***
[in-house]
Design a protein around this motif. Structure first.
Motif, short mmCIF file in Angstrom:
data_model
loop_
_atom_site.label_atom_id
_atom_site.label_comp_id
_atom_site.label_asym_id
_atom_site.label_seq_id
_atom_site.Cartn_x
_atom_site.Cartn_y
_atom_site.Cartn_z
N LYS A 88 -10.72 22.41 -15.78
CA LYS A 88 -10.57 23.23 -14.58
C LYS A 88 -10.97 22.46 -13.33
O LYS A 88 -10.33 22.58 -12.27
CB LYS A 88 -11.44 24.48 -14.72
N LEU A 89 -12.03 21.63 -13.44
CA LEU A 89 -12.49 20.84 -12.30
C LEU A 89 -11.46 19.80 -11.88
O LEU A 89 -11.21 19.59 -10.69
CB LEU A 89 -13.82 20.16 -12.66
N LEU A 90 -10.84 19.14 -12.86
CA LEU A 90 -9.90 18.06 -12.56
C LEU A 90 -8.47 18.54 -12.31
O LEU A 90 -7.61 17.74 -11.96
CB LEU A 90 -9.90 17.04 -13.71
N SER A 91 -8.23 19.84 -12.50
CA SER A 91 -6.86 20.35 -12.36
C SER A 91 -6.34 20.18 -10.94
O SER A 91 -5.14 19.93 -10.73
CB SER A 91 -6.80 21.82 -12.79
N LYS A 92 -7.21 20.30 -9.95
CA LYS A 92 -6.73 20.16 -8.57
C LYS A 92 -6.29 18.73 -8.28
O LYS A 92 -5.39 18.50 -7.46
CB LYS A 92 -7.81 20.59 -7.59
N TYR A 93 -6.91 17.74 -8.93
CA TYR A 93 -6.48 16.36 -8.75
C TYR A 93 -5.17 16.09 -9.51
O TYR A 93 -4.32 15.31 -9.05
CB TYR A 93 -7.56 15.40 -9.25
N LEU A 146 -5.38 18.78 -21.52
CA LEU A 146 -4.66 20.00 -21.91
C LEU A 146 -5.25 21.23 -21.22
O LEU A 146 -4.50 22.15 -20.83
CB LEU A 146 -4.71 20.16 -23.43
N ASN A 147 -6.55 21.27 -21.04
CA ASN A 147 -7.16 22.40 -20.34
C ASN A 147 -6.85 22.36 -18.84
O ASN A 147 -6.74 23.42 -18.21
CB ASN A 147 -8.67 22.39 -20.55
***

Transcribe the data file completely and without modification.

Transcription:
[in-house]
Design a protein around this motif. Structure first.
Motif, short mmCIF file in Angstrom:
data_model
loop_
_atom_site.label_atom_id
_atom_site.label_comp_id
_atom_site.label_asym_id
_atom_site.label_seq_id
_atom_site.Cartn_x
_atom_site.Cartn_y
_atom_site.Cartn_z
N LYS A 88 -10.72 22.41 -15.78
CA LYS A 88 -10.57 23.23 -14.58
C LYS A 88 -10.97 22.46 -13.33
O LYS A 88 -10.33 22.58 -12.27
CB LYS A 88 -11.44 24.48 -14.72
N LEU A 89 -12.03 21.63 -13.44
CA LEU A 89 -12.49 20.84 -12.30
C LEU A 89 -11.46 19.80 -11.88
O LEU A 89 -11.21 19.59 -10.69
CB LEU A 89 -13.82 20.16 -12.66
N LEU A 90 -10.84 19.14 -12.86
CA LEU A 90 -9.90 18.06 -12.56
C LEU A 90 -8.47 18.54 -12.31
O LEU A 90 -7.61 17.74 -11.96
CB LEU A 90 -9.90 17.04 -13.71
N SER A 91 -8.23 19.84 -12.50
CA SER A 91 -6.86 20.35 -12.36
C SER A 91 -6.34 20.18 -10.94
O SER A 91 -5.14 19.93 -10.73
CB SER A 91 -6.80 21.82 -12.79
N LYS A 92 -7.21 20.30 -9.95
CA LYS A 92 -6.73 20.16 -8.57
C LYS A 92 -6.29 18.73 -8.28
O LYS A 92 -5.39 18.50 -7.46
CB LYS A 92 -7.81 20.59 -7.59
N TYR A 93 -6.91 17.74 -8.93
CA TYR A 93 -6.48 16.36 -8.75
C TYR A 93 -5.17 16.09 -9.51
O TYR A 93 -4.32 15.31 -9.05
CB TYR A 93 -7.56 15.40 -9.25
N LEU A 146 -5.38 18.78 -21.52
CA LEU A 146 -4.66 20.00 -21.91
C LEU A 146 -5.25 21.23 -21.22
O LEU A 146 -4.50 22.15 -20.83
CB LEU A 146 -4.71 20.16 -23.43
N ASN A 147 -6.55 21.27 -21.04
CA ASN A 147 -7.16 22.40 -20.34
C ASN A 147 -6.85 22.36 -18.84
O ASN A 147 -6.74 23.42 -18.21
CB ASN A 147 -8.67 22.39 -20.55